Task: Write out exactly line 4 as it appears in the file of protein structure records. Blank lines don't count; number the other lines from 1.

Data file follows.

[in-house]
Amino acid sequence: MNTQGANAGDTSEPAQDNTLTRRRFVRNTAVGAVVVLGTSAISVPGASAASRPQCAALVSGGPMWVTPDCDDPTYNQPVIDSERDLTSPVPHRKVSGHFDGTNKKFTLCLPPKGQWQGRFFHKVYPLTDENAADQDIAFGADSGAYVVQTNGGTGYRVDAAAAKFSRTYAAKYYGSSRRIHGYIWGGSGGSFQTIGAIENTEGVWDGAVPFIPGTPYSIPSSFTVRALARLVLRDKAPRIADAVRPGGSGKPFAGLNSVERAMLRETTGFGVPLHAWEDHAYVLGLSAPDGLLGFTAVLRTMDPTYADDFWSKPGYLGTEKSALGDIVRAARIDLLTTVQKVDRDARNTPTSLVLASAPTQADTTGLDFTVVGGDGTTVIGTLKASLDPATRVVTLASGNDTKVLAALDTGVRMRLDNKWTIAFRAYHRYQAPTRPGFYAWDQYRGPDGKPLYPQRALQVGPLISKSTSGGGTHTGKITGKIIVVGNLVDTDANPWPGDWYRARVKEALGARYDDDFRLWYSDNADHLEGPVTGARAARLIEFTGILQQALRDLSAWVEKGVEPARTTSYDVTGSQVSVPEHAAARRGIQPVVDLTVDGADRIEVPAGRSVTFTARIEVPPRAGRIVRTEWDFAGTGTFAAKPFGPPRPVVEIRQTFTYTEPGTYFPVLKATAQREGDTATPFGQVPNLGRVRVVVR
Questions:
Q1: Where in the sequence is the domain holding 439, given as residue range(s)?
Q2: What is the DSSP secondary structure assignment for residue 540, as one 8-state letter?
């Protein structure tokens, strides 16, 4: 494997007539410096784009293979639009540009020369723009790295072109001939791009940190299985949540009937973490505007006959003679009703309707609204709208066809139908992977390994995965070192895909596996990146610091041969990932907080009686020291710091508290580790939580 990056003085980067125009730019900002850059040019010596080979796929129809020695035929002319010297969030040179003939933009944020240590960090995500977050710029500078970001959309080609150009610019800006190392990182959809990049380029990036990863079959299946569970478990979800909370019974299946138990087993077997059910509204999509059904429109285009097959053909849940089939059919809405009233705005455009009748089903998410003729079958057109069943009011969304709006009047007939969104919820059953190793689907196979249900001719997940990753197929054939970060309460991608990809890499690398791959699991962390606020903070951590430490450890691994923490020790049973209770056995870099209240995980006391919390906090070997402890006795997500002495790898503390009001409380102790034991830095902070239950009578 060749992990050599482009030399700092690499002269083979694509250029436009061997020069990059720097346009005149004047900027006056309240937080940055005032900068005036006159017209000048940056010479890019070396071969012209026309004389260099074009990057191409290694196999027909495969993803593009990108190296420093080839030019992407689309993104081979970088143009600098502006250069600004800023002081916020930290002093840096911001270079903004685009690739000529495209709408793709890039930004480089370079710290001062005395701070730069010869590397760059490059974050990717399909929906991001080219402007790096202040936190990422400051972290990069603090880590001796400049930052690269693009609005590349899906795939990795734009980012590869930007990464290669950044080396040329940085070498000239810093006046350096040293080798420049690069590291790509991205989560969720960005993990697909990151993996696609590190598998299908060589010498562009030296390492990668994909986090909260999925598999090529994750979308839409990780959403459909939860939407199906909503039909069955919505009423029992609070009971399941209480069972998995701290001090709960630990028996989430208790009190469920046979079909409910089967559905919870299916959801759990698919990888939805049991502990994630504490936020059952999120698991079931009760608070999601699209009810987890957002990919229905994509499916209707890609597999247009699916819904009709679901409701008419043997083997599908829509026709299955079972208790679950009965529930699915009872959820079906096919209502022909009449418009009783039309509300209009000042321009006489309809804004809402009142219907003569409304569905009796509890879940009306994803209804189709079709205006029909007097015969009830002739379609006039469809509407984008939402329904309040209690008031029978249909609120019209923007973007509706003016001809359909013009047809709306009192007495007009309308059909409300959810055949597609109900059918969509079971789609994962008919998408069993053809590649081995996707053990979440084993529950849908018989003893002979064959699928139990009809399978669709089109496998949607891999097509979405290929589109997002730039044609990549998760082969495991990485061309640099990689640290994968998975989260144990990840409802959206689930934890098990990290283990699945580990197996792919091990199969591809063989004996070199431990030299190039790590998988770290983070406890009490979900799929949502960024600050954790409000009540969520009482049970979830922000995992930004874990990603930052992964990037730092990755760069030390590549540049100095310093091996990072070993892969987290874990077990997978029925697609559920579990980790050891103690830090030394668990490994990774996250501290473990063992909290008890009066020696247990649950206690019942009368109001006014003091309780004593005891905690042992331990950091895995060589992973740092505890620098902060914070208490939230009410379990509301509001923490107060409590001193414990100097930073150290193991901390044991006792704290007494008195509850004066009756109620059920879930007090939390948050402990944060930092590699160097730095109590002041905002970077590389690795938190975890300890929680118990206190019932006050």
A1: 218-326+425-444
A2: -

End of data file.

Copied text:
Q1: Where in the sequence is the domain holding 439, given as residue range(s)?